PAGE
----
Gold futures fall toward ‘critical support point’ of $2,000 an ounce after inflation report

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Gold prices fell close to the key support at $2,000 an ounce on Tuesday, touching their lowest intraday level of the year as a stronger-than-expected U.S. inflation reading raised the risk of changes to the Federal Reserve’s plans for interest-rate cuts.

The significance of gold dropping below $2,000 “lies in both psychological and technical trading perspectives, marking a crucial support point that, if breached, could lead to further sell-offs and a shift in market sentiment” for gold, Adam Koos, president at Libertas Wealth Management Group, told MarketWatch.

April gold

which is the most-active gold futures contract, was down $25.20, or 1.2%, at $2,007.80 an ounce on Comex after trading as low as $2,002.80. On low volume, the front-month February gold contract
was down $26.20, or 1.3%, at $1,992, which also marks its low of the session.

Both contracts touched their lowest intraday levels so far this year, and settlements below $2,000 for the contracts would be the lowest since Dec. 13, according to Dow Jones Market Data.

The weakness in gold prices is primarily a result of the “warmer-than-expected” consumer-price index data released Tuesday, said Koos. “This indication of persisting inflationary pressure supports the case for continued (or enhanced) monetary policy tightness by [Fed Chairman Jerome] Powell and the Fed.”

Consumer prices rose a sharper-than-expected 0.3% in January. The index was forecast to rise 0.2% by economists polled by The Wall Street Journal.

The yearly rate of inflation slipped to 3.1% from 3.4% in the prior month. It hasn’t been below 3% since March 2021.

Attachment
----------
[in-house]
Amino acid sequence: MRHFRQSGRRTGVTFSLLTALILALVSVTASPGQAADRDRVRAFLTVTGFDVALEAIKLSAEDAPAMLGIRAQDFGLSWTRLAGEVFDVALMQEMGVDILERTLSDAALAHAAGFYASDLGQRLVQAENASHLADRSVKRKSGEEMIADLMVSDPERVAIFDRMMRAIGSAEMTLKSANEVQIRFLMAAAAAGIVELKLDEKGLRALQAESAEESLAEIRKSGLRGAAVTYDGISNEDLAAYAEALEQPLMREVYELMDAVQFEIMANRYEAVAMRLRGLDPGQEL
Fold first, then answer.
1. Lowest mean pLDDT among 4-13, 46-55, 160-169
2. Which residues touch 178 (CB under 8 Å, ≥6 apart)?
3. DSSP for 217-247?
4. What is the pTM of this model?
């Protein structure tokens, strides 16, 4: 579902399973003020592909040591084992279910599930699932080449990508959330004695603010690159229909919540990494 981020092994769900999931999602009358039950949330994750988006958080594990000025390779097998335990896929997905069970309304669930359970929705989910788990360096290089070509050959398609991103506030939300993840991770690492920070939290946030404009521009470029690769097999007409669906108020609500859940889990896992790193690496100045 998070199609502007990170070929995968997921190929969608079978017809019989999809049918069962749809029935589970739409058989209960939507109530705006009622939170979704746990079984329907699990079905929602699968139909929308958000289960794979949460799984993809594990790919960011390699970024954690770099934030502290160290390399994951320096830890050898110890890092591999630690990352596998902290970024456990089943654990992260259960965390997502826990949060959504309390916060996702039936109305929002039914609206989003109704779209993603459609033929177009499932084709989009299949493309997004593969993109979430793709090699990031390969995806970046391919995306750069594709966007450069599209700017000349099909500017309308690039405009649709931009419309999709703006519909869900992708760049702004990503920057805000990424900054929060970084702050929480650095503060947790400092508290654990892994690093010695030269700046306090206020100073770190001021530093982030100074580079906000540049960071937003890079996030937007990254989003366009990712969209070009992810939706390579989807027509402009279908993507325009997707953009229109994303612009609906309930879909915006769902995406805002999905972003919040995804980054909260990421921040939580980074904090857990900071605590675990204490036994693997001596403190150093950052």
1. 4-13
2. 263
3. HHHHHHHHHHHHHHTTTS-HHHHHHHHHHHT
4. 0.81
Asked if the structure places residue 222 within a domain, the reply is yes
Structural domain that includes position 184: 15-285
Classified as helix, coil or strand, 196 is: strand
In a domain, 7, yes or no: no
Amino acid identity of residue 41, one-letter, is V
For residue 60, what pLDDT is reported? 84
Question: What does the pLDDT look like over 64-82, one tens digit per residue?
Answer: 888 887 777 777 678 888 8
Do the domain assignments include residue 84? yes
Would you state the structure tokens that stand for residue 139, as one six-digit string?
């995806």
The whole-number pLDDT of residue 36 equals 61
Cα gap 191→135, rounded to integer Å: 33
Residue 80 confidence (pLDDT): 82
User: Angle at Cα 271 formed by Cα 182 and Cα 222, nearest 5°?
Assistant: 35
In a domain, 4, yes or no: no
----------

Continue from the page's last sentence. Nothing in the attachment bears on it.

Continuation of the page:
Both the headline and core CPI figures exceeded forecasts as inflation remained “stubbornly higher than hoped,” said Bas Kooijman, chief executive officer and asset manager of DHF Capital in emailed commentary.

U.S. Treasury yields climbed higher in reaction, with 2-year yields
surpassing 4.6%, adding to the pressure on gold prices, he said.

The U.S. dollar also strengthened, with the ICE U.S. Dollar Index
up 0.6% at 104.82 in Tuesday dealings, weighing on dollar-denominated gold prices. “The currency has been improving since the beginning of the year and “could continue to do so if interest rates remain high,” said Kooijman.

“Hopes for an interest rate cut in May declined significantly after the inflation data release and have now shifted toward June,” he said. “High interest rates for longer could weigh on gold’s prospects over the coming weeks.”

However, gold could find “some support over the medium term as markets continue to see rate cuts happening later this year,” said Kooijman. Additionally, “geopolitical developments and potential economic issues in other regions could attract investors toward the asset.”

On a technical trading level, the key resistance level of around $2,074 will be key to watch, said Koos.

Gold has been in a “huge, broad consolidation pattern since way back in June of 2020, with several failed attempts to break above” that key resistance level, he said. “This ‘tug-of-war between bullish and bearish forces continues to persist as the market fears the next Fed meeting and how the CPI data might cause [the central bank] to react.”

A breakout above $2,074 would be an “enormous event for gold through year-end, assuming it can hold,” Koos said.

“When an investment of any kind hits all-time-highs, the only sellers that remain are those looking to take profits — and those sellers don’t usually affect investments in big, long-term, bearish ways,” he said. Most-active gold futures reached a record settlement at $2,093.10 in late December.

“As inflation cools, the Fed calms, and interest rates fall, gold will eventually break out above that iron ceiling [of $2,074] and when it does, you can probably expect to hear people start coming out of the woodwork as former bears morph into bulls on the yellow metal,” said Koos.

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